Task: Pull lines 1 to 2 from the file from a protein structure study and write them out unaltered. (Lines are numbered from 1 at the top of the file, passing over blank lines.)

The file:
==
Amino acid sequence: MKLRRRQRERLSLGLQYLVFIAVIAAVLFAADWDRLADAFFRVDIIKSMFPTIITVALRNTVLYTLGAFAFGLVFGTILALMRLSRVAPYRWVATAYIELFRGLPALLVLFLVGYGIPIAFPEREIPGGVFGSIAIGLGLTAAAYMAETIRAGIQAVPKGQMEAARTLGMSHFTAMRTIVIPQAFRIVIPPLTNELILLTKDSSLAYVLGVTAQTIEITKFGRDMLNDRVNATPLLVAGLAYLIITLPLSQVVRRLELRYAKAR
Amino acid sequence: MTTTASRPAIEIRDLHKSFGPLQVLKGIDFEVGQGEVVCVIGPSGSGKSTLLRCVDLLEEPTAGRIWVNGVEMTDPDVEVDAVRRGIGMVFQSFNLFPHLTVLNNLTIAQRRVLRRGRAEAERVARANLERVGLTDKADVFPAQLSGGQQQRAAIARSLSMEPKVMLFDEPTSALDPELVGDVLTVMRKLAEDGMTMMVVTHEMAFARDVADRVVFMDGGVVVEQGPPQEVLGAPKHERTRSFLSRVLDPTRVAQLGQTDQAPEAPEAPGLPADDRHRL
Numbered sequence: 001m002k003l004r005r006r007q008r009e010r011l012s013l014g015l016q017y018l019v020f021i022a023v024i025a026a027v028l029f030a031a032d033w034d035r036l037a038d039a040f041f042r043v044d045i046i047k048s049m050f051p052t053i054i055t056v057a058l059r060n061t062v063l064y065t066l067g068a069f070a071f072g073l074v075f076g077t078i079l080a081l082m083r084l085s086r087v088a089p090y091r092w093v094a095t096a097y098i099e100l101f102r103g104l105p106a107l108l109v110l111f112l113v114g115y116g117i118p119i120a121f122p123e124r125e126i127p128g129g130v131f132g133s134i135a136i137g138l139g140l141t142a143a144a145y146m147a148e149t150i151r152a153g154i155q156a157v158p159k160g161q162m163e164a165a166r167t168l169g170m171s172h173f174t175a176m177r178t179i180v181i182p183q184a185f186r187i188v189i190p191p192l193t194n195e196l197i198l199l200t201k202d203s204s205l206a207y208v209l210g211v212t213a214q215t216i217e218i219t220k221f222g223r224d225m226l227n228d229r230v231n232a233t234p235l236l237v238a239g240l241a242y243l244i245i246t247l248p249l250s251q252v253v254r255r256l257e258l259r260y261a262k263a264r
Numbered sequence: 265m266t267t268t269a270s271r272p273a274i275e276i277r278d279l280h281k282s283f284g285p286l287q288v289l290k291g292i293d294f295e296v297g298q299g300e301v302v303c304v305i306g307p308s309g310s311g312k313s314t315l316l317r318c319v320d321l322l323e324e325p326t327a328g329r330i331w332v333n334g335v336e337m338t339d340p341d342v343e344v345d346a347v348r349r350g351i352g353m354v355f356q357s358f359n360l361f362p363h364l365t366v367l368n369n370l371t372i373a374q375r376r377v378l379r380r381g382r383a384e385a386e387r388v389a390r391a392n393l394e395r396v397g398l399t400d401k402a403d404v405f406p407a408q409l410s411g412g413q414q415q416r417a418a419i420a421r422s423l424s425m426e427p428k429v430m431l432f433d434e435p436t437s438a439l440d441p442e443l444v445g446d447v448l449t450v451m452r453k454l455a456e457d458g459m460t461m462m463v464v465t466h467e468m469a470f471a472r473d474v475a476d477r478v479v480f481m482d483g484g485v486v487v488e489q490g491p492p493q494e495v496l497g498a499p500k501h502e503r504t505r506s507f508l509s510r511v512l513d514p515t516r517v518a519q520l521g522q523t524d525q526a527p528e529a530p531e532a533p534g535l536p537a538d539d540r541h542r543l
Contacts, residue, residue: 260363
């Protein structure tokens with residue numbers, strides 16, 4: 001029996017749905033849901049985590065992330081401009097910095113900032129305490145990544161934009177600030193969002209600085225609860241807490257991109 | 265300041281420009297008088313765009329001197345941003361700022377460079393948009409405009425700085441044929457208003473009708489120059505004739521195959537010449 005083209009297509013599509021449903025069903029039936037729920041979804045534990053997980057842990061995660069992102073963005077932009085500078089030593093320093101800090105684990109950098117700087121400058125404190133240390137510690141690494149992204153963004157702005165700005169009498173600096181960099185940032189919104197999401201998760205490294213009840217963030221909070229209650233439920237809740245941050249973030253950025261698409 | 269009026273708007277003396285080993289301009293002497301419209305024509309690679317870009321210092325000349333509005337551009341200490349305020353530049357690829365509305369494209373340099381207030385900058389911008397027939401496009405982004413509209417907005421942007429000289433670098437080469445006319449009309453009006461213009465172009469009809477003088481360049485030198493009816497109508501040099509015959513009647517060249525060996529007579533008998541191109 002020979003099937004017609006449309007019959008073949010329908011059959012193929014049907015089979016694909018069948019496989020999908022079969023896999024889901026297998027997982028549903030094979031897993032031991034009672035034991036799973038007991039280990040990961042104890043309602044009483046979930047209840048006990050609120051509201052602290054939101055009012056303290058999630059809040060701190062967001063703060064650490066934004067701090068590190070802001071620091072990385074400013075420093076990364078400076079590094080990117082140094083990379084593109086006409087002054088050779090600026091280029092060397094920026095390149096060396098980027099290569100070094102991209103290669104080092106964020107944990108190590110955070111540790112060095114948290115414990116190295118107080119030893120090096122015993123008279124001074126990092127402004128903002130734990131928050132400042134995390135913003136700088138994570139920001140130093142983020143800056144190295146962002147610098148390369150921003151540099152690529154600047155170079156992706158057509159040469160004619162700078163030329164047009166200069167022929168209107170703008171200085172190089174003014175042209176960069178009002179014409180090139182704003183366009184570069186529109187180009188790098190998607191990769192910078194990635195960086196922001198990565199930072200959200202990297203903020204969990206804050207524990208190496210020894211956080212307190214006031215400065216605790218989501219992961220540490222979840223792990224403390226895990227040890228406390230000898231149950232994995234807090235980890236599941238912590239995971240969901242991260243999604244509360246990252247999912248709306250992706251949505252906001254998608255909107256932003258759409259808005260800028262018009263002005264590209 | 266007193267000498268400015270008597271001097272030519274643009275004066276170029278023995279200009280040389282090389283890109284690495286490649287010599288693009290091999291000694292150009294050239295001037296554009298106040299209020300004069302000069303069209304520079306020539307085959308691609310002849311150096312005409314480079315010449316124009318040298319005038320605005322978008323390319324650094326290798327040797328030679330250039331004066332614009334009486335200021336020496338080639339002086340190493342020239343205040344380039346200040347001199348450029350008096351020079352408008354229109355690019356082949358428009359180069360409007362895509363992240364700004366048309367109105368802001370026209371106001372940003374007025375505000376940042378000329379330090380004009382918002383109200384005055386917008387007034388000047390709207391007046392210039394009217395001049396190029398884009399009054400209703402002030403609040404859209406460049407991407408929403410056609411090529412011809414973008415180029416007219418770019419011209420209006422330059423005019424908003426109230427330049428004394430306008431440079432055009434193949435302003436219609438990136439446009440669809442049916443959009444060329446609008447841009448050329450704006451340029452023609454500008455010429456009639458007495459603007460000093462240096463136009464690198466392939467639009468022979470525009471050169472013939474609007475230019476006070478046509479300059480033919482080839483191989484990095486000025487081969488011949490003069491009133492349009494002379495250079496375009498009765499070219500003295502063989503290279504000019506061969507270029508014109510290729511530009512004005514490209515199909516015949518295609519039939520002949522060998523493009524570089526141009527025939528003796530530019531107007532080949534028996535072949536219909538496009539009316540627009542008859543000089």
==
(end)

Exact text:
Amino acid sequence: MKLRRRQRERLSLGLQYLVFIAVIAAVLFAADWDRLADAFFRVDIIKSMFPTIITVALRNTVLYTLGAFAFGLVFGTILALMRLSRVAPYRWVATAYIELFRGLPALLVLFLVGYGIPIAFPEREIPGGVFGSIAIGLGLTAAAYMAETIRAGIQAVPKGQMEAARTLGMSHFTAMRTIVIPQAFRIVIPPLTNELILLTKDSSLAYVLGVTAQTIEITKFGRDMLNDRVNATPLLVAGLAYLIITLPLSQVVRRLELRYAKAR
Amino acid sequence: MTTTASRPAIEIRDLHKSFGPLQVLKGIDFEVGQGEVVCVIGPSGSGKSTLLRCVDLLEEPTAGRIWVNGVEMTDPDVEVDAVRRGIGMVFQSFNLFPHLTVLNNLTIAQRRVLRRGRAEAERVARANLERVGLTDKADVFPAQLSGGQQQRAAIARSLSMEPKVMLFDEPTSALDPELVGDVLTVMRKLAEDGMTMMVVTHEMAFARDVADRVVFMDGGVVVEQGPPQEVLGAPKHERTRSFLSRVLDPTRVAQLGQTDQAPEAPEAPGLPADDRHRL